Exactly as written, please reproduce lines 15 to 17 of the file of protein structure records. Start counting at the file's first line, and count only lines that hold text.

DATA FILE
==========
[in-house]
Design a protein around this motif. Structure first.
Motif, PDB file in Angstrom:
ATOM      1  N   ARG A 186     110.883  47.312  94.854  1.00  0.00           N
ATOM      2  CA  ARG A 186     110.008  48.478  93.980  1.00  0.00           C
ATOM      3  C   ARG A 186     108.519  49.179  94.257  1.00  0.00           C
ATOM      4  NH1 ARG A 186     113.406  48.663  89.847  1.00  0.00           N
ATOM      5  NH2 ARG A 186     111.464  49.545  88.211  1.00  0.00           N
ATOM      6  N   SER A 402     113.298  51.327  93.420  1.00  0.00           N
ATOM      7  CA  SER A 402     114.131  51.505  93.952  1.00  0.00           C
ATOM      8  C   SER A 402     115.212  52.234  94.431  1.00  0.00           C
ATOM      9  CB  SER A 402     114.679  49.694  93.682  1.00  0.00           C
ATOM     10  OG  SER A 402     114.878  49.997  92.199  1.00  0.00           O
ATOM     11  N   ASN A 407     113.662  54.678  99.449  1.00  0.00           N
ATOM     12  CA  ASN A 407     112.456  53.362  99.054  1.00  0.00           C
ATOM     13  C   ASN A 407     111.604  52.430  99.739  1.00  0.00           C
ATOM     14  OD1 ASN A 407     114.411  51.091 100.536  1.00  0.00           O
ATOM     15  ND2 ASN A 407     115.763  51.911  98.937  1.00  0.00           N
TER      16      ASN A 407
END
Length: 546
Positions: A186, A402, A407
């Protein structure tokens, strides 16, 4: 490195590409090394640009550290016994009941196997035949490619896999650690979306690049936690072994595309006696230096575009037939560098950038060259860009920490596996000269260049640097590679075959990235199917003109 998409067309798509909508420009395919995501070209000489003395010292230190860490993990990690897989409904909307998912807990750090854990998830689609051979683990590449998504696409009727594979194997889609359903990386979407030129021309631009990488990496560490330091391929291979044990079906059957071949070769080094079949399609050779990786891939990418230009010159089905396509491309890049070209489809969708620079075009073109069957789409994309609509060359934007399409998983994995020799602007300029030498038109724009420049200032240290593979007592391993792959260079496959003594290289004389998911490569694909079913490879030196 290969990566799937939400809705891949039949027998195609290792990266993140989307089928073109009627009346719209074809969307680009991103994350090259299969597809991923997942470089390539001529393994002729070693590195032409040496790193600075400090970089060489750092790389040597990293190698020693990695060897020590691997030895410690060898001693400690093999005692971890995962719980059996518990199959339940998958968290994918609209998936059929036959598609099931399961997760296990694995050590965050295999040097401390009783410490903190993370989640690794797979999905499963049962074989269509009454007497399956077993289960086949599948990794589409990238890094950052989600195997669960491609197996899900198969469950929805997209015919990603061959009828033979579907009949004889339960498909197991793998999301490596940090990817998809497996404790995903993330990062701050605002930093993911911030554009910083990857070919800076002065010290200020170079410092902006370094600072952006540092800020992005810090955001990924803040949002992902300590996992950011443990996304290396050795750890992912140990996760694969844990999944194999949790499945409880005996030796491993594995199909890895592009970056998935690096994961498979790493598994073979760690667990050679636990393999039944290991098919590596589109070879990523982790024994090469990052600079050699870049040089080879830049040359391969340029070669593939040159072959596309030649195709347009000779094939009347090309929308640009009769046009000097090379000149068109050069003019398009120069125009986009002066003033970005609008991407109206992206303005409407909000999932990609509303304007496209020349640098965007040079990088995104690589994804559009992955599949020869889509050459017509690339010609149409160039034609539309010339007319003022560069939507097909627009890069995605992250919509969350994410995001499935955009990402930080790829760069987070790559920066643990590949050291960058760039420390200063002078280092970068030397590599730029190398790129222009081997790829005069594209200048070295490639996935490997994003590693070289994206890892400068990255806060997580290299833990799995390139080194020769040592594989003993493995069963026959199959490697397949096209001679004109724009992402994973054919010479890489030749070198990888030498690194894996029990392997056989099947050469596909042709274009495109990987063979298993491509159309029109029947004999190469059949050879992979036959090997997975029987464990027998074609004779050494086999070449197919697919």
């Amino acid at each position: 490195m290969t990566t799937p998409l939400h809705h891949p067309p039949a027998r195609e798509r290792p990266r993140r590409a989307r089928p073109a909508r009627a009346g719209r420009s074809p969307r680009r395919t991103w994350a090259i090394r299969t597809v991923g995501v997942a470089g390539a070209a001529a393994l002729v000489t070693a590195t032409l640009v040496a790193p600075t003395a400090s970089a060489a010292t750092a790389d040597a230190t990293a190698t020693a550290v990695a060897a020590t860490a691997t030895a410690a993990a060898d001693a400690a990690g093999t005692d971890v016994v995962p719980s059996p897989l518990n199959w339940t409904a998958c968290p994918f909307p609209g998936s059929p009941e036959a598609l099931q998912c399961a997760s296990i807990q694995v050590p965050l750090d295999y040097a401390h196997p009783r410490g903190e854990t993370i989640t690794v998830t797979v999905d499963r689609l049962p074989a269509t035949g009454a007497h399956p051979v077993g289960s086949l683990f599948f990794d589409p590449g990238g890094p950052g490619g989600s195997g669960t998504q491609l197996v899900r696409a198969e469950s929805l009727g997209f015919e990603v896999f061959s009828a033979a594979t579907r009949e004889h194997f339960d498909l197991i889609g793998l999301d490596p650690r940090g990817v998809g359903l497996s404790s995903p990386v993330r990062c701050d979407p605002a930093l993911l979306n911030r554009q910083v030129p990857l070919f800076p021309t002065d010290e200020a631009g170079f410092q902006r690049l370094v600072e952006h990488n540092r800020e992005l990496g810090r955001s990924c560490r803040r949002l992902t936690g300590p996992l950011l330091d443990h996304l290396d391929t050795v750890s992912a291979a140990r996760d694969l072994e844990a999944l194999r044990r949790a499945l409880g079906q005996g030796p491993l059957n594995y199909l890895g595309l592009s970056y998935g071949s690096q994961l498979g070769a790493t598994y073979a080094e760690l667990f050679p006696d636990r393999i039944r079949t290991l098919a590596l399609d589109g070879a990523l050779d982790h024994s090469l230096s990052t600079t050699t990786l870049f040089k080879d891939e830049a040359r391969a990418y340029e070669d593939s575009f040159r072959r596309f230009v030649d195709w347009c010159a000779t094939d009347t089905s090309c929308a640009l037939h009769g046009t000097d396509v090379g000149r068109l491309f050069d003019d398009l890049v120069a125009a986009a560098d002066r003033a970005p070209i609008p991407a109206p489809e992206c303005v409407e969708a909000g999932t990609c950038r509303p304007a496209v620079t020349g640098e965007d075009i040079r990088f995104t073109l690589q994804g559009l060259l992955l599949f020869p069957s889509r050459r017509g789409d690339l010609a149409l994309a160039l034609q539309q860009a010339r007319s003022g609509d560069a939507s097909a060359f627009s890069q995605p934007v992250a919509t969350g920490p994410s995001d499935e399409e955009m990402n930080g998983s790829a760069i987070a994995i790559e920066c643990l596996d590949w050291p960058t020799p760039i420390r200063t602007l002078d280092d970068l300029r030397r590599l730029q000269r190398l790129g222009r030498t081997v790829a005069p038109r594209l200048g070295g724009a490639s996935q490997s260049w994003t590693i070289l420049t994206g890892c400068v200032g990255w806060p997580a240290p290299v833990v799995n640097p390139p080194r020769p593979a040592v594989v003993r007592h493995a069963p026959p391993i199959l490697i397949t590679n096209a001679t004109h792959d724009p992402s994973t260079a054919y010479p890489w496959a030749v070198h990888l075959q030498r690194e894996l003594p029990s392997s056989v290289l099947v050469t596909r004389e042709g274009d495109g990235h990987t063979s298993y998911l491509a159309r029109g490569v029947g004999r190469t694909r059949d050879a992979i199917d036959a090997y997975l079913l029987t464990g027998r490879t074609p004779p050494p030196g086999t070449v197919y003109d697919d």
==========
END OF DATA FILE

ATOM     12  CA  ASN A 407     112.456  53.362  99.054  1.00  0.00           C
ATOM     13  C   ASN A 407     111.604  52.430  99.739  1.00  0.00           C
ATOM     14  OD1 ASN A 407     114.411  51.091 100.536  1.00  0.00           O